I have been closely watching the new changes made by the city of Bristol, Tennessee to our downtown area. Based on the disastrous Sixth Street project and the new parking regulations, it appears that the city is determined to slow the growth we have seen over the past decade. It seems they are working to make it harder to live and work downtown.

I find several aspects of this new approach disturbing. The first is that the city council is no longer actively involved in the downtown plans and apparently don’t actually vote to approve the city’s staff plans. I was also surprised when I attended a meeting at City Hall to explain the new parking permits for resident and it became clear that the city staff never bothered to do their homework before the rollout of the permits. Staff was unable to answer basic questions such as how many people live downtown and how many people work downtown. Surely that information would be necessary in order to make an effective plan for these individuals.

The citizens in the meeting I attended generally supported the idea of a parking permit for the downtown residents, but felt the $360 fee was much too high when the permit doesn’t guarantee a parking space, just the right to stay longer if you find one. Attendees at that meeting felt that $50 to $75 would be the more appropriate cost. The city has since announced compromise fee of $300. That’s little compromise.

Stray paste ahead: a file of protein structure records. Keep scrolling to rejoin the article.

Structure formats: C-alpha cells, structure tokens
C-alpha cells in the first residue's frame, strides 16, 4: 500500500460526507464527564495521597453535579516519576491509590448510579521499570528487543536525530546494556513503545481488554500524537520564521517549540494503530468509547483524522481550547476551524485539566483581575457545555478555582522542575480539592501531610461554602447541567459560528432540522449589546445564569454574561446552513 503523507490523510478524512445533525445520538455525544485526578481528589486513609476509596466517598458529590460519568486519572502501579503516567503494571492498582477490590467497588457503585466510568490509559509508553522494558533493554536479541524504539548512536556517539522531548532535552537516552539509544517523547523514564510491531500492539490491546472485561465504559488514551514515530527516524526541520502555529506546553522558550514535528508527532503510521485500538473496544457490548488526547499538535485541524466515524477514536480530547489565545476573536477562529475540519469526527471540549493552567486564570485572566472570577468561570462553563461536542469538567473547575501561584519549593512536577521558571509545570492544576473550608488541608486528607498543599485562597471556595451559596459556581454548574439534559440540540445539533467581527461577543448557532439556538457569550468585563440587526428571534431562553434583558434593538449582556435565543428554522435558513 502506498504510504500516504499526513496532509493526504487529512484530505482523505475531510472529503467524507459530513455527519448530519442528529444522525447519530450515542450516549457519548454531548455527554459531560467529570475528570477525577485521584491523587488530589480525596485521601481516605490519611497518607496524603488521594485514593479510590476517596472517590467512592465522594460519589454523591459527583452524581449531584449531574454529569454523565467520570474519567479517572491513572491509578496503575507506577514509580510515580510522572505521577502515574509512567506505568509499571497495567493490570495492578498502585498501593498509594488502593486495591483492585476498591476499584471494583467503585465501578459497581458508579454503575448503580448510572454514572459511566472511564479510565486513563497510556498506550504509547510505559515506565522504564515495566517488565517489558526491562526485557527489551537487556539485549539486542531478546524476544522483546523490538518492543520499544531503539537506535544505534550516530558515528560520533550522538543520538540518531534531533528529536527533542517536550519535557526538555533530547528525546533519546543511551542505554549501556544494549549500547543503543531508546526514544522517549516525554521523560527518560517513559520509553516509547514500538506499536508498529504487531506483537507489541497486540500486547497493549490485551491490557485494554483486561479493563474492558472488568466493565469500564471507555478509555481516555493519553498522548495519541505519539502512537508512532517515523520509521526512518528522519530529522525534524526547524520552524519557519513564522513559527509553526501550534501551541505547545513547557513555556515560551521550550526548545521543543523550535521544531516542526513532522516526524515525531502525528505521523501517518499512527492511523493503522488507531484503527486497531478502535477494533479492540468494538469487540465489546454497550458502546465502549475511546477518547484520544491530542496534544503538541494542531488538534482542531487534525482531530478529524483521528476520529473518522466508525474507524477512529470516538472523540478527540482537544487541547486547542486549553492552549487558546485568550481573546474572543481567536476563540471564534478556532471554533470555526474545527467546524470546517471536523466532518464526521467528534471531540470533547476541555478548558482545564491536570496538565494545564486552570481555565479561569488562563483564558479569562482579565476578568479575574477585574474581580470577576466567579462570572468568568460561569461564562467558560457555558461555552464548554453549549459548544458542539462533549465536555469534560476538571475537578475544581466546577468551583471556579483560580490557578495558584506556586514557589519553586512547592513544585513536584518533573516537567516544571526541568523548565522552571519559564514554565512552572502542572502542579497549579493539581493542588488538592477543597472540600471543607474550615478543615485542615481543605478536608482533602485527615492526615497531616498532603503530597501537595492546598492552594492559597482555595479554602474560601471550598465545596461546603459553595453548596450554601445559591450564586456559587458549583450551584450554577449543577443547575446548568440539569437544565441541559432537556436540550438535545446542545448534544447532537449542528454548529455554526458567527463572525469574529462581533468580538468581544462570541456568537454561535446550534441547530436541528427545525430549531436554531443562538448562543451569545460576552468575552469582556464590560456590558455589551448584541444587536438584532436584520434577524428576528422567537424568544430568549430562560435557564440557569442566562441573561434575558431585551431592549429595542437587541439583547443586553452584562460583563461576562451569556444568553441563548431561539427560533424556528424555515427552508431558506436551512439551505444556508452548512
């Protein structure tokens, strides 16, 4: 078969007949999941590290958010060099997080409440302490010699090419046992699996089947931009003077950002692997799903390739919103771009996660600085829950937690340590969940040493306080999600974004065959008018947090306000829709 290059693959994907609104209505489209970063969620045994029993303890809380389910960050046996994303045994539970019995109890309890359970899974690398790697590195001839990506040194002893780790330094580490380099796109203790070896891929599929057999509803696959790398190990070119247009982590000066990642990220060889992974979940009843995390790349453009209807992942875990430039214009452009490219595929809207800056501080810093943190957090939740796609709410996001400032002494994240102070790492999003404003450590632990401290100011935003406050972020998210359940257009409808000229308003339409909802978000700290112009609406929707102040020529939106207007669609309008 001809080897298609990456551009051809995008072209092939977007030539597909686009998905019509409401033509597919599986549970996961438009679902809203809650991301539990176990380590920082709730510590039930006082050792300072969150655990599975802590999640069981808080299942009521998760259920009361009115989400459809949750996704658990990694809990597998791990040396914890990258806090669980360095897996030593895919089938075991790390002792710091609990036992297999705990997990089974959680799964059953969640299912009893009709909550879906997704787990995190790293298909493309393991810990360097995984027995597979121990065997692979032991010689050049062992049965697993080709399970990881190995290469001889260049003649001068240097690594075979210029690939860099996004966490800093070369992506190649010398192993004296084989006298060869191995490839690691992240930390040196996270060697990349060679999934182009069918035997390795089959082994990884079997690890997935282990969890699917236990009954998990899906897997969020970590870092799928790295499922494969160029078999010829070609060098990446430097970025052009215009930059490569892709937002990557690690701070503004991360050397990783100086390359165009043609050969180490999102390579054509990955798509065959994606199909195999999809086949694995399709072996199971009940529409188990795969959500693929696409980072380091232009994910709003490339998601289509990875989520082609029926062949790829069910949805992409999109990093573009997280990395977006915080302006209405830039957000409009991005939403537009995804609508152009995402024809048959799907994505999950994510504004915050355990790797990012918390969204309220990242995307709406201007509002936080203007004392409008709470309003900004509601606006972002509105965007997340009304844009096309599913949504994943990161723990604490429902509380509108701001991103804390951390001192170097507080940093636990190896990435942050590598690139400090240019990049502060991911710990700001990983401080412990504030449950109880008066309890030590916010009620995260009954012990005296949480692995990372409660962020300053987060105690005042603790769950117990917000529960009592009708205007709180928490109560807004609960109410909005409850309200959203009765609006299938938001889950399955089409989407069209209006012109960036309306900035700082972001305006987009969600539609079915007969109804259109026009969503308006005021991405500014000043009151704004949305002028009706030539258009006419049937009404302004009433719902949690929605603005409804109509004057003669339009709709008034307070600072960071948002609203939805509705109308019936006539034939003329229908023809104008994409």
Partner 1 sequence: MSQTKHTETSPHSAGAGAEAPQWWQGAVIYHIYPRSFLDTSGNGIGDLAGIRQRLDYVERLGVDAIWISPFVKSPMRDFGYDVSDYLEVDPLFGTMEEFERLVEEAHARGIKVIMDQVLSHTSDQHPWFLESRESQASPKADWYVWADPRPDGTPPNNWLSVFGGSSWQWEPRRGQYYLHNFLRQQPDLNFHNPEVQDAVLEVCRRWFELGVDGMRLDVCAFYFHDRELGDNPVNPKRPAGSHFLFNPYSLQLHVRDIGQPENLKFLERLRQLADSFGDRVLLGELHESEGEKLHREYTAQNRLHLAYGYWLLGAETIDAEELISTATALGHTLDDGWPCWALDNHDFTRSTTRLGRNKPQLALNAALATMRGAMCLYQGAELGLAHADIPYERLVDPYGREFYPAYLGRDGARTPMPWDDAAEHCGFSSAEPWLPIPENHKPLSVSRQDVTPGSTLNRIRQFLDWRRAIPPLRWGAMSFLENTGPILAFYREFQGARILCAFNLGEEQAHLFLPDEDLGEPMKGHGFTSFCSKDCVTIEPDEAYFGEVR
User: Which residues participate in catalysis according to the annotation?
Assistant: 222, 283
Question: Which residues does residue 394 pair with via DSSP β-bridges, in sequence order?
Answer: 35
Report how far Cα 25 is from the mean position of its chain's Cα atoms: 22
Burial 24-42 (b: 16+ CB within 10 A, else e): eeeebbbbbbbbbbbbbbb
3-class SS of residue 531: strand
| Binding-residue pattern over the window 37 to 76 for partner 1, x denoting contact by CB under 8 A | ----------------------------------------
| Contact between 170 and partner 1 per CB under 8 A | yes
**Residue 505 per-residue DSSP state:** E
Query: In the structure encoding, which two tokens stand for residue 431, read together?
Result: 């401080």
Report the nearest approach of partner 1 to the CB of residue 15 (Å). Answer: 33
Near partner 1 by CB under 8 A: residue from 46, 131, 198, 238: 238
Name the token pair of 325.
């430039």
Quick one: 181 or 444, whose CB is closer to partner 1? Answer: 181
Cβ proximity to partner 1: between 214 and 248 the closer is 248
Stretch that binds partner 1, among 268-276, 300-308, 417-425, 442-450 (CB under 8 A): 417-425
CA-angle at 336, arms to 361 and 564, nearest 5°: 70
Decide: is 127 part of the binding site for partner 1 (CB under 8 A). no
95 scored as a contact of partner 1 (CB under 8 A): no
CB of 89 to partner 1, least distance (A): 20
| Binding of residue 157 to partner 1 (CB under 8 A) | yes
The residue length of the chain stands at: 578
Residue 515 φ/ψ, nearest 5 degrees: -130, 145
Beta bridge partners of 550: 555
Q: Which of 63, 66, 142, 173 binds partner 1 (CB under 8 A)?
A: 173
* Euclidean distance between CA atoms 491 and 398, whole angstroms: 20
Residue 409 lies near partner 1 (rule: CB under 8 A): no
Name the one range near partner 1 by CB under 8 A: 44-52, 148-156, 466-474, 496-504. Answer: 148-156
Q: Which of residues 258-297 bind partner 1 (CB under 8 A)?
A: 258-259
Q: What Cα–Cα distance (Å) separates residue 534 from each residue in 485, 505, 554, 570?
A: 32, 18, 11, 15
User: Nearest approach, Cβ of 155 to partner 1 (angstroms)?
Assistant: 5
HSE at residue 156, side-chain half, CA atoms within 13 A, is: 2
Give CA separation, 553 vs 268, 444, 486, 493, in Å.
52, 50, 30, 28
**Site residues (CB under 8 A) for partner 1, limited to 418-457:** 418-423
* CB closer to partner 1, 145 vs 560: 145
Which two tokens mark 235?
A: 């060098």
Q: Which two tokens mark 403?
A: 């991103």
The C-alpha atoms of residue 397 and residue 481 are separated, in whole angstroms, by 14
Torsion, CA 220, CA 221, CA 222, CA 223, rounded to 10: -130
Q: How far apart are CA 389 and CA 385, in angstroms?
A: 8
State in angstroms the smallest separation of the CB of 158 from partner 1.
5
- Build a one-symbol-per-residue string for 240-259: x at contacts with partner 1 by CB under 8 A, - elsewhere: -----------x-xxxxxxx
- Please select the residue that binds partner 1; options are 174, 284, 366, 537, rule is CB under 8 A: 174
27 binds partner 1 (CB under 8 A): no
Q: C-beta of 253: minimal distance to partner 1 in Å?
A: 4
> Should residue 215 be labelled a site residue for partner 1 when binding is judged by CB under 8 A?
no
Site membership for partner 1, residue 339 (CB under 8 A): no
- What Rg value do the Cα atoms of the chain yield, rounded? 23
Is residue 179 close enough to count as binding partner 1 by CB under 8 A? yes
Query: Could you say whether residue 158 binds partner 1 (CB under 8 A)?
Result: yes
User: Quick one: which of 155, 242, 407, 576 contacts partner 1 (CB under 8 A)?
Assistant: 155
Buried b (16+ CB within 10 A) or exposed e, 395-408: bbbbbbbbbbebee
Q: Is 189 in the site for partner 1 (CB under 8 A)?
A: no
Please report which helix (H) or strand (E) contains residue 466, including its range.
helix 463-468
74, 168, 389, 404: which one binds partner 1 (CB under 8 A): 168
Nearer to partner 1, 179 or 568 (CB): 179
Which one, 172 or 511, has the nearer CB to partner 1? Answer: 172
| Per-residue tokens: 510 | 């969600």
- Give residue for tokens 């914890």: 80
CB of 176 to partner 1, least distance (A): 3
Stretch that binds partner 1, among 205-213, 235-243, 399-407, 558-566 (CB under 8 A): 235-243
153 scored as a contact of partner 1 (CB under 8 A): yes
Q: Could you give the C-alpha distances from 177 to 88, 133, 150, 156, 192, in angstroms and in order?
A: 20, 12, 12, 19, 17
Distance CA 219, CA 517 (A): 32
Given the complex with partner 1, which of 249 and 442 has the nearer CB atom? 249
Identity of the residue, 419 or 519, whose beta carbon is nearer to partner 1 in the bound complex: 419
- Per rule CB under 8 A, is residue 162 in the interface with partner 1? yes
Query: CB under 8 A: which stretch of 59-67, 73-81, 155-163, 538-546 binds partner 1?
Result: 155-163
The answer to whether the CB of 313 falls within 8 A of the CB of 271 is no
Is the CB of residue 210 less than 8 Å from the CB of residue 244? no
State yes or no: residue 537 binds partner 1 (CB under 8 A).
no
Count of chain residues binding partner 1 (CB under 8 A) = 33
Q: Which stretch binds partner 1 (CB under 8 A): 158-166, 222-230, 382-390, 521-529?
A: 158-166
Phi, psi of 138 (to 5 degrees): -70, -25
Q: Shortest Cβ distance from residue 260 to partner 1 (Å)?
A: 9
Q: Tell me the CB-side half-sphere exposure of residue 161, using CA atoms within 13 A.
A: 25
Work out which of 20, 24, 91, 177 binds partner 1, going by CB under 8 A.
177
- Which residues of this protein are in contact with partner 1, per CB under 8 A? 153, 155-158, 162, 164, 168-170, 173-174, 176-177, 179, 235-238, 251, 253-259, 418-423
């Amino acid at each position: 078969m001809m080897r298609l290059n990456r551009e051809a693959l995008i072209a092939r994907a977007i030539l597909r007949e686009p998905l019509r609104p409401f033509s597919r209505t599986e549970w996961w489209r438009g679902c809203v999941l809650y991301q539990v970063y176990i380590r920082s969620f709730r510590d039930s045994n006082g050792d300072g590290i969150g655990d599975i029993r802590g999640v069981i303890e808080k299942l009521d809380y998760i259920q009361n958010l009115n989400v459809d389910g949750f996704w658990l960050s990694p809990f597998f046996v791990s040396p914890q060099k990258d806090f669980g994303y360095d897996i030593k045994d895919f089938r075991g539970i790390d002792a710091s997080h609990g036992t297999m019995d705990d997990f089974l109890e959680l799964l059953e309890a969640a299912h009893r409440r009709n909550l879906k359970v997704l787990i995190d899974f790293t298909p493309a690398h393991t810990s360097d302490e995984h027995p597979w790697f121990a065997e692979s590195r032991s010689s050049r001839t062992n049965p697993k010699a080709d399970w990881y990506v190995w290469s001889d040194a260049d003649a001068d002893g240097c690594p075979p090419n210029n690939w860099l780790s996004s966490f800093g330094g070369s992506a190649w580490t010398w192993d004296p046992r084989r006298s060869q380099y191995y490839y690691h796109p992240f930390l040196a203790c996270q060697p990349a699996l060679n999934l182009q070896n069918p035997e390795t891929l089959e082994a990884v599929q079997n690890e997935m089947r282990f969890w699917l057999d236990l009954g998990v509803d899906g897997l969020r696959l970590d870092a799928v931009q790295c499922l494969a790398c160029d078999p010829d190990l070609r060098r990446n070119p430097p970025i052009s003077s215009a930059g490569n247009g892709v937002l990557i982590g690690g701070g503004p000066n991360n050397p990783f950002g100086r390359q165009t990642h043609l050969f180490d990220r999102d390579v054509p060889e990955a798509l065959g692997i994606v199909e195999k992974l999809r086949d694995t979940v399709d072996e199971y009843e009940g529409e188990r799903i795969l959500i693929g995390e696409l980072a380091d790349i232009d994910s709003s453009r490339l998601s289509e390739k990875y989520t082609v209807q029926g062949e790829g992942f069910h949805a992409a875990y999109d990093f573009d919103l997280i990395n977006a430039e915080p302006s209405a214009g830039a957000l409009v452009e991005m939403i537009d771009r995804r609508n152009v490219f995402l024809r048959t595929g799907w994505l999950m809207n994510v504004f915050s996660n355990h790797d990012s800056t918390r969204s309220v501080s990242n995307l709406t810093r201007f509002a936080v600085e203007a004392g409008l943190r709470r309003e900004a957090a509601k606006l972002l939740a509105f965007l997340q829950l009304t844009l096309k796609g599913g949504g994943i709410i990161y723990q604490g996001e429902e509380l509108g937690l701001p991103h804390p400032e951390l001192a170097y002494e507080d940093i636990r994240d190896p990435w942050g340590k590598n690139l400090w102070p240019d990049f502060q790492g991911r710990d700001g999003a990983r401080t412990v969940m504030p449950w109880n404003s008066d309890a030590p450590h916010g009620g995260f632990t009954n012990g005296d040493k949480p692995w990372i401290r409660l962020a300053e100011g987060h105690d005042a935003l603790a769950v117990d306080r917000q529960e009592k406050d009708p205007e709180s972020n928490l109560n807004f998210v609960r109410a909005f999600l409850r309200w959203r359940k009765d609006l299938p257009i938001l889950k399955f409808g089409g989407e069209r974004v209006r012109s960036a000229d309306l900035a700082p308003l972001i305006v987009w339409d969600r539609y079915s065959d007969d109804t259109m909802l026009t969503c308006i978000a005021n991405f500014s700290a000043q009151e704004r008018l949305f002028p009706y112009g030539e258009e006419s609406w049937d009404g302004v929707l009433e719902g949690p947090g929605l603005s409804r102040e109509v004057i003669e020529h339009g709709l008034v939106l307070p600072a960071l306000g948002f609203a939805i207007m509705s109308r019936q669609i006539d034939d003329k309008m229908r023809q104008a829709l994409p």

My wife and I own the building on the corner of Sixth and Shelby that houses a comic book store and a graphic design firm. Neither I nor the owners of the business in our building were contacted by the city for input or suggestions on the decision to remove parking places on Sixth Street and to limit parking time citywide. I’ve heard the same from others on this street: owners and residents were provided no opportunity to weigh in on this decision.

For 15 years I was part of the city council and staff who worked hard to bring our downtown back to life with input and assistance from Bristol’s citizens. I’m proud of what we accomplished and I’d like to see the rebirth of Bristol’s downtown continue. I fear that our progress is now threatened by the new attitude of council and staff. At one time, I felt that city government was the solution to our downtown problem; now it seems they are the problem.

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